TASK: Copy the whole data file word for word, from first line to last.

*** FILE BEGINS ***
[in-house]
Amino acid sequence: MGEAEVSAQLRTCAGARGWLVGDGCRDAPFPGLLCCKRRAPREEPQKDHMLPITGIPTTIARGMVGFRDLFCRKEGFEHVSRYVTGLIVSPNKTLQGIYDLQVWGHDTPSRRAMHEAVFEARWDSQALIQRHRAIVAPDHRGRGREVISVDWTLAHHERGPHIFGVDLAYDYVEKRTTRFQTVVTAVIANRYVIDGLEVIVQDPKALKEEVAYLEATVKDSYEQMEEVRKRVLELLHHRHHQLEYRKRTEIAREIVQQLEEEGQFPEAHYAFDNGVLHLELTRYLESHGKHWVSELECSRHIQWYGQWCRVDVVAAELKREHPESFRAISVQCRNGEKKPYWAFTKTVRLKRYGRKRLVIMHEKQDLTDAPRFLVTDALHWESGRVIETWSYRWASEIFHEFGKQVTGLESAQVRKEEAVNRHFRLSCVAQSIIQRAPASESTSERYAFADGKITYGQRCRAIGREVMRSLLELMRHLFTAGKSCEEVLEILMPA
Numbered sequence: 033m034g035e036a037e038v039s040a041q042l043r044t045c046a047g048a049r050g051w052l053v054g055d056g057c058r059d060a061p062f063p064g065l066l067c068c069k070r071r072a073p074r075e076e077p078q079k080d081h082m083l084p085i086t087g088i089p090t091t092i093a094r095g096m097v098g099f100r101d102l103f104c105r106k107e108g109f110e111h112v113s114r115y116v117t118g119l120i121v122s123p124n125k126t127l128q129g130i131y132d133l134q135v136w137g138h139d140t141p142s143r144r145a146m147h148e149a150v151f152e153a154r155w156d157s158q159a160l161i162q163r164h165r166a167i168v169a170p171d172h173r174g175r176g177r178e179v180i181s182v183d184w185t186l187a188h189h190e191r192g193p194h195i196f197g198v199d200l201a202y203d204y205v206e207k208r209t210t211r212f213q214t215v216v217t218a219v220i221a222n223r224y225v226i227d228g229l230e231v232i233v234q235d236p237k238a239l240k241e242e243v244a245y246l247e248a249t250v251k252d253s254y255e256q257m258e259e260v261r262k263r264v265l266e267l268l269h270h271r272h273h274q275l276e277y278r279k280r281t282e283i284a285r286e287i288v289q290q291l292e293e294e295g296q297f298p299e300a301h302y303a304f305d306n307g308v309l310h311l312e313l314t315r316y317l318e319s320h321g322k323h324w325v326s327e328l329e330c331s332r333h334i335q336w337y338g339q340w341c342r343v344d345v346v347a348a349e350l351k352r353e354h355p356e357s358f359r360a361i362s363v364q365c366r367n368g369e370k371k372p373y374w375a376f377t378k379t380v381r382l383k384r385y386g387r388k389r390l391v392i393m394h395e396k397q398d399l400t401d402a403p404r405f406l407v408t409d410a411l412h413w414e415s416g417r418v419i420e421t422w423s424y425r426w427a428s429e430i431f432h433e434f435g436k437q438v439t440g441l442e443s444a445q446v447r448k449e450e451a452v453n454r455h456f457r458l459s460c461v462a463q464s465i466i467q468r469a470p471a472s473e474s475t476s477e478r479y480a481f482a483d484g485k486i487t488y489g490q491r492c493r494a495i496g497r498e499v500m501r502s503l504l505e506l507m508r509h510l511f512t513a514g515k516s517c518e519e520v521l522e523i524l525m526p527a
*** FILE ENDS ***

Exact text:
[in-house]
Amino acid sequence: MGEAEVSAQLRTCAGARGWLVGDGCRDAPFPGLLCCKRRAPREEPQKDHMLPITGIPTTIARGMVGFRDLFCRKEGFEHVSRYVTGLIVSPNKTLQGIYDLQVWGHDTPSRRAMHEAVFEARWDSQALIQRHRAIVAPDHRGRGREVISVDWTLAHHERGPHIFGVDLAYDYVEKRTTRFQTVVTAVIANRYVIDGLEVIVQDPKALKEEVAYLEATVKDSYEQMEEVRKRVLELLHHRHHQLEYRKRTEIAREIVQQLEEEGQFPEAHYAFDNGVLHLELTRYLESHGKHWVSELECSRHIQWYGQWCRVDVVAAELKREHPESFRAISVQCRNGEKKPYWAFTKTVRLKRYGRKRLVIMHEKQDLTDAPRFLVTDALHWESGRVIETWSYRWASEIFHEFGKQVTGLESAQVRKEEAVNRHFRLSCVAQSIIQRAPASESTSERYAFADGKITYGQRCRAIGREVMRSLLELMRHLFTAGKSCEEVLEILMPA
Numbered sequence: 033m034g035e036a037e038v039s040a041q042l043r044t045c046a047g048a049r050g051w052l053v054g055d056g057c058r059d060a061p062f063p064g065l066l067c068c069k070r071r072a073p074r075e076e077p078q079k080d081h082m083l084p085i086t087g088i089p090t091t092i093a094r095g096m097v098g099f100r101d102l103f104c105r106k107e108g109f110e111h112v113s114r115y116v117t118g119l120i121v122s123p124n125k126t127l128q129g130i131y132d133l134q135v136w137g138h139d140t141p142s143r144r145a146m147h148e149a150v151f152e153a154r155w156d157s158q159a160l161i162q163r164h165r166a167i168v169a170p171d172h173r174g175r176g177r178e179v180i181s182v183d184w185t186l187a188h189h190e191r192g193p194h195i196f197g198v199d200l201a202y203d204y205v206e207k208r209t210t211r212f213q214t215v216v217t218a219v220i221a222n223r224y225v226i227d228g229l230e231v232i233v234q235d236p237k238a239l240k241e242e243v244a245y246l247e248a249t250v251k252d253s254y255e256q257m258e259e260v261r262k263r264v265l266e267l268l269h270h271r272h273h274q275l276e277y278r279k280r281t282e283i284a285r286e287i288v289q290q291l292e293e294e295g296q297f298p299e300a301h302y303a304f305d306n307g308v309l310h311l312e313l314t315r316y317l318e319s320h321g322k323h324w325v326s327e328l329e330c331s332r333h334i335q336w337y338g339q340w341c342r343v344d345v346v347a348a349e350l351k352r353e354h355p356e357s358f359r360a361i362s363v364q365c366r367n368g369e370k371k372p373y374w375a376f377t378k379t380v381r382l383k384r385y386g387r388k389r390l391v392i393m394h395e396k397q398d399l400t401d402a403p404r405f406l407v408t409d410a411l412h413w414e415s416g417r418v419i420e421t422w423s424y425r426w427a428s429e430i431f432h433e434f435g436k437q438v439t440g441l442e443s444a445q446v447r448k449e450e451a452v453n454r455h456f457r458l459s460c461v462a463q464s465i466i467q468r469a470p471a472s473e474s475t476s477e478r479y480a481f482a483d484g485k486i487t488y489g490q491r492c493r494a495i496g497r498e499v500m501r502s503l504l505e506l507m508r509h510l511f512t513a514g515k516s517c518e519e520v521l522e523i524l525m526p527a